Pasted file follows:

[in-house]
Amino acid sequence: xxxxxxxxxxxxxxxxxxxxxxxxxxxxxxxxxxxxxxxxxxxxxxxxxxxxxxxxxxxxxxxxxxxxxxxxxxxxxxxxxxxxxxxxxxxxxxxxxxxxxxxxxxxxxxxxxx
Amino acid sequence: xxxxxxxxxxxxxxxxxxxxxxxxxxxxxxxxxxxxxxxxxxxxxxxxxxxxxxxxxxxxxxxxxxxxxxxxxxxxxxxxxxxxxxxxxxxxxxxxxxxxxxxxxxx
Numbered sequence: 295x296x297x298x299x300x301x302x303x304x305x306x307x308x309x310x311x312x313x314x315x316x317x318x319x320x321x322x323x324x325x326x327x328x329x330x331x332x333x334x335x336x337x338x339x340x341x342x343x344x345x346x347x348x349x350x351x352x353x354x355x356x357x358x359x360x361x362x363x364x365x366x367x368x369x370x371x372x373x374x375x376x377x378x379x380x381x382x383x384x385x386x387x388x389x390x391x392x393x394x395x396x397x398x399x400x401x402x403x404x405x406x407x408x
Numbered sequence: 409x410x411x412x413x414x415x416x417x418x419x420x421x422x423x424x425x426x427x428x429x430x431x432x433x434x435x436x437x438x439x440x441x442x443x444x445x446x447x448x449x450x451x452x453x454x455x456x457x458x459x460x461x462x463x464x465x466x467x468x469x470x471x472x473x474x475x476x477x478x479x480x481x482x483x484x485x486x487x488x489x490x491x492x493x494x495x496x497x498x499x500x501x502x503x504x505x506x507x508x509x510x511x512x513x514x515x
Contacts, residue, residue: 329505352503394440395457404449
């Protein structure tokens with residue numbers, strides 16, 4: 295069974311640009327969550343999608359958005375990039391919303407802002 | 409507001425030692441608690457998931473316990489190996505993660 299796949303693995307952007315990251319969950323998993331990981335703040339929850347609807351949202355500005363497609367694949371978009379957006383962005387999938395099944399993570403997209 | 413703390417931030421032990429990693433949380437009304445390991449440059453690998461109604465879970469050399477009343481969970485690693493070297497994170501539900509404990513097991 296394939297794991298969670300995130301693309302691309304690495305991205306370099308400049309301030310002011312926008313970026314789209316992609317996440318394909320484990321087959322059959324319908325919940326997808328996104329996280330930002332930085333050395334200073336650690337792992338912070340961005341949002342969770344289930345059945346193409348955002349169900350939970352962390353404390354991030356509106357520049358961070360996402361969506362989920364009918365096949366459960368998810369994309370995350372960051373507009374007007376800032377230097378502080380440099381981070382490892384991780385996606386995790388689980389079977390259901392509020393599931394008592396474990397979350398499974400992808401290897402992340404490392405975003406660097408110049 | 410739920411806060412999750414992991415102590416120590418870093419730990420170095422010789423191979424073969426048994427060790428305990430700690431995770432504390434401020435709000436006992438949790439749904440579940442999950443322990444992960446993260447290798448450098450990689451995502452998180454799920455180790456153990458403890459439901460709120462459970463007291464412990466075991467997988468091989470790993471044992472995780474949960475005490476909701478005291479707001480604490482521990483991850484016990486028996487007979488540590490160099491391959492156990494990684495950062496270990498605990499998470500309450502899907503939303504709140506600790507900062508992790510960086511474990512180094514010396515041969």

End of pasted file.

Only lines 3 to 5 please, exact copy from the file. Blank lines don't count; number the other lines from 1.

Amino acid sequence: xxxxxxxxxxxxxxxxxxxxxxxxxxxxxxxxxxxxxxxxxxxxxxxxxxxxxxxxxxxxxxxxxxxxxxxxxxxxxxxxxxxxxxxxxxxxxxxxxxxxxxxxxxx
Numbered sequence: 295x296x297x298x299x300x301x302x303x304x305x306x307x308x309x310x311x312x313x314x315x316x317x318x319x320x321x322x323x324x325x326x327x328x329x330x331x332x333x334x335x336x337x338x339x340x341x342x343x344x345x346x347x348x349x350x351x352x353x354x355x356x357x358x359x360x361x362x363x364x365x366x367x368x369x370x371x372x373x374x375x376x377x378x379x380x381x382x383x384x385x386x387x388x389x390x391x392x393x394x395x396x397x398x399x400x401x402x403x404x405x406x407x408x
Numbered sequence: 409x410x411x412x413x414x415x416x417x418x419x420x421x422x423x424x425x426x427x428x429x430x431x432x433x434x435x436x437x438x439x440x441x442x443x444x445x446x447x448x449x450x451x452x453x454x455x456x457x458x459x460x461x462x463x464x465x466x467x468x469x470x471x472x473x474x475x476x477x478x479x480x481x482x483x484x485x486x487x488x489x490x491x492x493x494x495x496x497x498x499x500x501x502x503x504x505x506x507x508x509x510x511x512x513x514x515x